An accidental blog

"If God is sovereign, then his lordship must extend over all of life, and it cannot be restricted to the walls of the church or within the Christian orbit." Abraham Kuyper Common Grace 1.1.

Saturday, 10 February 2018

Smith's Awaiting the King - a review

Awaiting the King
Reforming Public Theologies
James K. A. Smith
Grand Rapids: Baker Academic
Pbk, xvii+233, £14.99
ISBN 978-0801035791

This is the third and final part of Smith’s Cultural Liturgies project. As Smith notes in the introduction ’it’s a very different book than the one I envisioned when Desiring the Kingdom was published in 2009’ (xi). Rather than being a ‘Hauerwas for Kuyperians’ it is now more a riff on Oliver O’Donovan as Smith wants to ‘work out the implications of a “liturgical” theology of culture for how we imagine and envision political engagement’ and hopes to ‘“reform” Reformed public theology, offering something of an “assist” to the tradition in order to articulate what I hope, in the end, is a catholic proposal’.

I was pleased to see his avoidance of a natural law approach that seems to be having a resurgence even among Reformed scholars. There is a renewed emphasis on church as institute. He develops a liturgical view of politics. By liturgical he means more than church liturgies. He sees them as communal love-shaping practices. And by politics, he means more than government: he evokes Aristotle's view of polis as our civic life that we share in common. His desire is that the church in its broadest sense embraces the polis, the common civic good.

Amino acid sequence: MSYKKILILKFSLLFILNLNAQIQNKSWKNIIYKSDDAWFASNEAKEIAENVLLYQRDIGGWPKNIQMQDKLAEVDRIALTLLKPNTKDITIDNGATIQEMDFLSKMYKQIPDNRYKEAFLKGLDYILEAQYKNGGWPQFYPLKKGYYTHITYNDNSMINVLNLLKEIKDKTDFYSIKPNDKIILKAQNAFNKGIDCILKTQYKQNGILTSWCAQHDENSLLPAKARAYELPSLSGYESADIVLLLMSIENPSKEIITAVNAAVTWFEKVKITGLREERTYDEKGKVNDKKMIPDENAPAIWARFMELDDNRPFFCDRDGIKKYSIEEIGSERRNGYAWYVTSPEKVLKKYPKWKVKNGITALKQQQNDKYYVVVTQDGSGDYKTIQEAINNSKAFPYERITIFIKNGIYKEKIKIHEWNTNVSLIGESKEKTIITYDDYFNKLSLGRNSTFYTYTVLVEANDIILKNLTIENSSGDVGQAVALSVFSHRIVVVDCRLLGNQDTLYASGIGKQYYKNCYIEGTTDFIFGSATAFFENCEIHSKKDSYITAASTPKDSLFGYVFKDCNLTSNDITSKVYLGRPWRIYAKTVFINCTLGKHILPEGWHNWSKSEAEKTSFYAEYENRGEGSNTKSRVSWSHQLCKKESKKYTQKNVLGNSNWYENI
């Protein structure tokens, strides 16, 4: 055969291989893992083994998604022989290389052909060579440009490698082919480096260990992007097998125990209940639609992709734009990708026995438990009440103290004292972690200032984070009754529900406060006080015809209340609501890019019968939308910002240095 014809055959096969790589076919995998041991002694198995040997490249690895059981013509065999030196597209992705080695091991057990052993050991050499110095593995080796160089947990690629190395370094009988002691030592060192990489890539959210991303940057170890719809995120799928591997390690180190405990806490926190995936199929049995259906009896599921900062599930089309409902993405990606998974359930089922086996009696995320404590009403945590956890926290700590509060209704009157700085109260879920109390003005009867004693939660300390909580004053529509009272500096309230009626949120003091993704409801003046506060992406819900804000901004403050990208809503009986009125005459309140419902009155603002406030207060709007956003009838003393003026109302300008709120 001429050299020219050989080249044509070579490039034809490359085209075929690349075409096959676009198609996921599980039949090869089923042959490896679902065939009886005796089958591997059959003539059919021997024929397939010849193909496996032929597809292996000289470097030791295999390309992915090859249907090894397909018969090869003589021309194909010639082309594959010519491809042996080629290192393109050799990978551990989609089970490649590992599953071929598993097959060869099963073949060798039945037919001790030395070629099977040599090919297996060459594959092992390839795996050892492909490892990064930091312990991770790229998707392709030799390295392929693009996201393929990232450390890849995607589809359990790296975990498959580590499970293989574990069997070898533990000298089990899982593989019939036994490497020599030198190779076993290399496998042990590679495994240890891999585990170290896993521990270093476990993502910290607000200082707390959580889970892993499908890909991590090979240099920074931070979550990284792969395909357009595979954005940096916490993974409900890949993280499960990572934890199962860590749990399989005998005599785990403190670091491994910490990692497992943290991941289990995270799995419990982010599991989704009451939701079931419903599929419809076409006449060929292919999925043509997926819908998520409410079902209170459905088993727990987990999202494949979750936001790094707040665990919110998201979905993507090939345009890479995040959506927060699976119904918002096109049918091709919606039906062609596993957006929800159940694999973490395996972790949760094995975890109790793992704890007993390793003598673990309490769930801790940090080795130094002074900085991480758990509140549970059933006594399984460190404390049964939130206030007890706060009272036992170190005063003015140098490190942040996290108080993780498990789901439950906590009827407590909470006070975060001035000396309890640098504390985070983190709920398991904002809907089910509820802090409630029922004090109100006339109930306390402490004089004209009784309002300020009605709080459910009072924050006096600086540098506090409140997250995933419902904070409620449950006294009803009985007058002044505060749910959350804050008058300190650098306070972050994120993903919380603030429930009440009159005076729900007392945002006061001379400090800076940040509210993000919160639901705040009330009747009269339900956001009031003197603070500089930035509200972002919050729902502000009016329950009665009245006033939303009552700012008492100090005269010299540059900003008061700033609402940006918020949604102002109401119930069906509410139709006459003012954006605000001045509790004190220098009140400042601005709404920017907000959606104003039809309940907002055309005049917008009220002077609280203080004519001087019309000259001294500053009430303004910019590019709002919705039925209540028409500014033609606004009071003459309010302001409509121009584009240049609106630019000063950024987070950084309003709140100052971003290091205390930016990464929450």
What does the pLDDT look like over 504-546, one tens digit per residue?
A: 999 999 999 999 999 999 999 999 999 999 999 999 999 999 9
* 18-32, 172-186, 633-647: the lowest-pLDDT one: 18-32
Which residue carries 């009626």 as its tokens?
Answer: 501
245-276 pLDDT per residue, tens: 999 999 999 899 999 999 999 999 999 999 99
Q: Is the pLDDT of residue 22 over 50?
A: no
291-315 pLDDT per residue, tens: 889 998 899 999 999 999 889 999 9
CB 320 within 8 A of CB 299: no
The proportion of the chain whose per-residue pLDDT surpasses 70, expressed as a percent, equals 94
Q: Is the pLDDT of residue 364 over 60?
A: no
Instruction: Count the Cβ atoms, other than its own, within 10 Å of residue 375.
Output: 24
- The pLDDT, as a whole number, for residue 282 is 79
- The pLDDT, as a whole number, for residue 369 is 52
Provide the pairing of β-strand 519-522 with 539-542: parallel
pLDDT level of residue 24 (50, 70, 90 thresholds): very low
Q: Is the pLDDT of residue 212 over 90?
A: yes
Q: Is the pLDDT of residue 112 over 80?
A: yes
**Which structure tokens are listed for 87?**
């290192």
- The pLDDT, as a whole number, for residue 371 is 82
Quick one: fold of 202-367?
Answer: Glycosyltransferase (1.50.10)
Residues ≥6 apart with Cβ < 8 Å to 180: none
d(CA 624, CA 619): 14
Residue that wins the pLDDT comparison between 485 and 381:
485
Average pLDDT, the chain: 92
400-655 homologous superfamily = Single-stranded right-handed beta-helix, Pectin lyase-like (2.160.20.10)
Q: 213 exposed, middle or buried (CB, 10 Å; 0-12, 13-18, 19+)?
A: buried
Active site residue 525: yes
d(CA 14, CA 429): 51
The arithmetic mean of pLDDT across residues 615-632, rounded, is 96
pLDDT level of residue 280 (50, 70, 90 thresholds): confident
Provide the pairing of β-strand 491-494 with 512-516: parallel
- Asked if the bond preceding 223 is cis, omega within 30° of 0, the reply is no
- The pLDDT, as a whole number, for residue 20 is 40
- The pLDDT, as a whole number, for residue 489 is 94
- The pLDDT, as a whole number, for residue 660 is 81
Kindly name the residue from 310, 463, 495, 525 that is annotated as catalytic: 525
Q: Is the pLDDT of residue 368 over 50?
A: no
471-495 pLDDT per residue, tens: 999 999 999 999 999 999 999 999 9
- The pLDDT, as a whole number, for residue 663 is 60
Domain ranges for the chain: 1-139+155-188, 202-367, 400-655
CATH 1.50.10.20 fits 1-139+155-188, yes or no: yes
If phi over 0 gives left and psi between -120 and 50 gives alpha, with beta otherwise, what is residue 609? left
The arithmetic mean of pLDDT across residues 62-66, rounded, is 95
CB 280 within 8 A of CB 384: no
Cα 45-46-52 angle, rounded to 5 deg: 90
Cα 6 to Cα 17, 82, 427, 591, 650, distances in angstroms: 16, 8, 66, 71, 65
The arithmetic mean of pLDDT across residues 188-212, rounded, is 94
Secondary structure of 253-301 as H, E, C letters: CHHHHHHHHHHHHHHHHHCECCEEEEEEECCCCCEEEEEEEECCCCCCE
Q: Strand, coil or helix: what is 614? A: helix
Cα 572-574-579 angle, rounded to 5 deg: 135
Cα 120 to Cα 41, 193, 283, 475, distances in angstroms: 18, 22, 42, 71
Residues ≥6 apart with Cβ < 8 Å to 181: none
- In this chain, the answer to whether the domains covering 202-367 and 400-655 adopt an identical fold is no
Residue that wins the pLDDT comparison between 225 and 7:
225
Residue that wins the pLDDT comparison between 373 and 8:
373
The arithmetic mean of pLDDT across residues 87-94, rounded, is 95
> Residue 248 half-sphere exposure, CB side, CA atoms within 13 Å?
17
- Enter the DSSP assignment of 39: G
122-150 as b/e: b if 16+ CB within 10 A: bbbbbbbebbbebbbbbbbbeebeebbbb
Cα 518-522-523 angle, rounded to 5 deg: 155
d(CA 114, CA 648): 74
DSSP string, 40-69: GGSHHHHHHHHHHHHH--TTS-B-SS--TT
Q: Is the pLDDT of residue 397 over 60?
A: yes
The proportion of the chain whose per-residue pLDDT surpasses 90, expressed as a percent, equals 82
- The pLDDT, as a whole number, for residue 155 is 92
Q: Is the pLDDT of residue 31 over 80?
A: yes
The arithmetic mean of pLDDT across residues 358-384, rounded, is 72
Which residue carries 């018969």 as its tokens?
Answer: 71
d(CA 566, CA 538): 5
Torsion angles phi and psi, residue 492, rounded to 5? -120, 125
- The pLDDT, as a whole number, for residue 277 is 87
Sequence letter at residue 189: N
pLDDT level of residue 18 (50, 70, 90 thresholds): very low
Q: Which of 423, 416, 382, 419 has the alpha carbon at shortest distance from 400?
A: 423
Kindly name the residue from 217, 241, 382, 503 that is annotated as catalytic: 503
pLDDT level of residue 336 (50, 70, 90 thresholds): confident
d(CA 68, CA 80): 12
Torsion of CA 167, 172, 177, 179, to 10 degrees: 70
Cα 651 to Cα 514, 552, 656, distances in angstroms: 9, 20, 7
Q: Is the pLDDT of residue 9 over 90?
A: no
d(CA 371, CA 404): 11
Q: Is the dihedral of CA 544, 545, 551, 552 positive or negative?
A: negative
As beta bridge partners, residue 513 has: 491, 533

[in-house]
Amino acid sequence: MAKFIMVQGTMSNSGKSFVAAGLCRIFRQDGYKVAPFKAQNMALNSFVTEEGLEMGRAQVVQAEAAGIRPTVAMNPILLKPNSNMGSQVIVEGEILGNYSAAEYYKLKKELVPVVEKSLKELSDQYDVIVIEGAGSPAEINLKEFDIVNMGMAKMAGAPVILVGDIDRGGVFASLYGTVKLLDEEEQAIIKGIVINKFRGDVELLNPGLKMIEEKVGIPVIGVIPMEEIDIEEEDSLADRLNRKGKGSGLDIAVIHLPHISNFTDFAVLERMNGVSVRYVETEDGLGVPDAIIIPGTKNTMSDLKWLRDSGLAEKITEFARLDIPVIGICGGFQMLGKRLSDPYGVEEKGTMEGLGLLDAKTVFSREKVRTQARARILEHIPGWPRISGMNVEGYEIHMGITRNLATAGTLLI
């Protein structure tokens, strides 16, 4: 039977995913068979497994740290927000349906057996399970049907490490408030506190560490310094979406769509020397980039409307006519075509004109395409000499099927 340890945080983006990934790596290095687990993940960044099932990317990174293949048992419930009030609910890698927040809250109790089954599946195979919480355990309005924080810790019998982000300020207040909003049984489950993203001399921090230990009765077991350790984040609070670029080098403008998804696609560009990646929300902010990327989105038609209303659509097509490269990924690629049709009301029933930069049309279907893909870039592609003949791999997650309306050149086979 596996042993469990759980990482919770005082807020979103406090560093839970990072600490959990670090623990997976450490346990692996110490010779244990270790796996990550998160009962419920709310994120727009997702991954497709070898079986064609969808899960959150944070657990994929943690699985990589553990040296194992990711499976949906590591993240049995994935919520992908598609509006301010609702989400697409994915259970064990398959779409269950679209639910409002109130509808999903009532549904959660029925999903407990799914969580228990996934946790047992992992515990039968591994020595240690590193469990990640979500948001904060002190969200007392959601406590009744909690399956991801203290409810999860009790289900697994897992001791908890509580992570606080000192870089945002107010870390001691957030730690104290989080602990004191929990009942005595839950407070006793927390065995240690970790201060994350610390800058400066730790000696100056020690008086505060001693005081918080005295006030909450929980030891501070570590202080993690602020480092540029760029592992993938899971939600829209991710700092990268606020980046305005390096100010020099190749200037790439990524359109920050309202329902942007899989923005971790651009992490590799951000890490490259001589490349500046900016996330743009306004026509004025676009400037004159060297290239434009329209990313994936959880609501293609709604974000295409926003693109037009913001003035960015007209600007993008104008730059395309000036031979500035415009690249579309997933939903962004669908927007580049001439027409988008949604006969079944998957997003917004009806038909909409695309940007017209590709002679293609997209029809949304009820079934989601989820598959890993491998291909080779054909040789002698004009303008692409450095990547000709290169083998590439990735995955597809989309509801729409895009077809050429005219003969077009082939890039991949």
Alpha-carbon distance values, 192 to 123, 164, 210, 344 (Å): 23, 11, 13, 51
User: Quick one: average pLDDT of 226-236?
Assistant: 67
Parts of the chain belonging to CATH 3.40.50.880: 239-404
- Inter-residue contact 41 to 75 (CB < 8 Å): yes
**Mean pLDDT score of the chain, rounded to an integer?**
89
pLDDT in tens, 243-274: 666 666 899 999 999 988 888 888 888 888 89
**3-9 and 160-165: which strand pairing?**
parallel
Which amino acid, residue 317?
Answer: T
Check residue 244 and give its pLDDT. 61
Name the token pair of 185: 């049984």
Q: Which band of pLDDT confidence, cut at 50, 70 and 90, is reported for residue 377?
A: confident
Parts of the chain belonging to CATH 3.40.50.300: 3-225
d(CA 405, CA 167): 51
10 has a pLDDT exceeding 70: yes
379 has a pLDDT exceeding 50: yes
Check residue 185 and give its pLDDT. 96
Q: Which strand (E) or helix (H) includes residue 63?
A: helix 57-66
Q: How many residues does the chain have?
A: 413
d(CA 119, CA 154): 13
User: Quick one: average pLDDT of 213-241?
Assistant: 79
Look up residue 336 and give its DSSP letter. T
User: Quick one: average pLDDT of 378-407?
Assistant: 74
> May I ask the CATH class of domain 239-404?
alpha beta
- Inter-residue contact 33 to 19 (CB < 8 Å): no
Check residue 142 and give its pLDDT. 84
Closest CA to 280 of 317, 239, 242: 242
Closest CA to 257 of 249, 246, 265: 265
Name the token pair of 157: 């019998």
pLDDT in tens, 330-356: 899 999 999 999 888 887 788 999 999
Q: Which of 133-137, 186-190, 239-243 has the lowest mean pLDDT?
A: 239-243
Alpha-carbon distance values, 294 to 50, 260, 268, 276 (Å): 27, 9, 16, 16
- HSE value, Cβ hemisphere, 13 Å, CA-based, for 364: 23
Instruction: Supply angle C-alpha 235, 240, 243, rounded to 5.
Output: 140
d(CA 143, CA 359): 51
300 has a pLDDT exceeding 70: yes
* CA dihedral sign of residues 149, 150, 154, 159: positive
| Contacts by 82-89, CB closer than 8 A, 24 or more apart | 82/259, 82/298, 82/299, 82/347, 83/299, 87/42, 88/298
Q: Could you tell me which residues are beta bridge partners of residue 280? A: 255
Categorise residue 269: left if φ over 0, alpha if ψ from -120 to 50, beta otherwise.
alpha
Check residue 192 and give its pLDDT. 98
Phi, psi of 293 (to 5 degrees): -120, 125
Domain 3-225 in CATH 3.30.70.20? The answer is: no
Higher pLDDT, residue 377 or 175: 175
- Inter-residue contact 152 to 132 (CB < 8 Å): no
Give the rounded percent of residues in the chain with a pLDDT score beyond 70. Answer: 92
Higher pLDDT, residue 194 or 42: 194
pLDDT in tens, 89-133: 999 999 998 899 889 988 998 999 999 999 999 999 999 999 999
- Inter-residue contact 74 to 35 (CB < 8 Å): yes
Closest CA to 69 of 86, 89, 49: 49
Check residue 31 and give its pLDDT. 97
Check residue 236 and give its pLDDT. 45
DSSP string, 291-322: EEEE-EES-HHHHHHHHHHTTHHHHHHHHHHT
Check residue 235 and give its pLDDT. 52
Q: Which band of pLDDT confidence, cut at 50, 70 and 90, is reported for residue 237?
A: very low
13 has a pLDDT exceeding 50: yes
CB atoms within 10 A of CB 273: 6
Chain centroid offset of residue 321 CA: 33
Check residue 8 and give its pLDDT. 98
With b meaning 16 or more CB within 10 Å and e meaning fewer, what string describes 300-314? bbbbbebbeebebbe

The book is in one sense a warning against an over-optimistic view that Christians can easily transform culture. Particularly pertinent is his warning of a secularised Kuyperianism. Unfortunately, he doesn’t name those whose approach he criticises and I don’t recognise any of his critique in those of the Reformational stand of Kuyperianism (perhaps that’s my blind spot?). In fact, much of the critique Smith offers is an echo of that provided by some Reformational philosophers and Reformational political theorists. These all advocate a robust confessional pluralism but reject theocracy, see the need for organisations to be unfolded to develop culture, and who see the good in politics. All themes Smith seems keen on.

Smith seems to be moving away from Kuyper to embracing a more Augustinian approach shaped by O’Donovan and Hauerwas. It is a shame he hasn’t engaged more with Dooyeweerd, whose starting point for philosophy is the heart rather than the mind. Smith might have found there other (more) useful resources.

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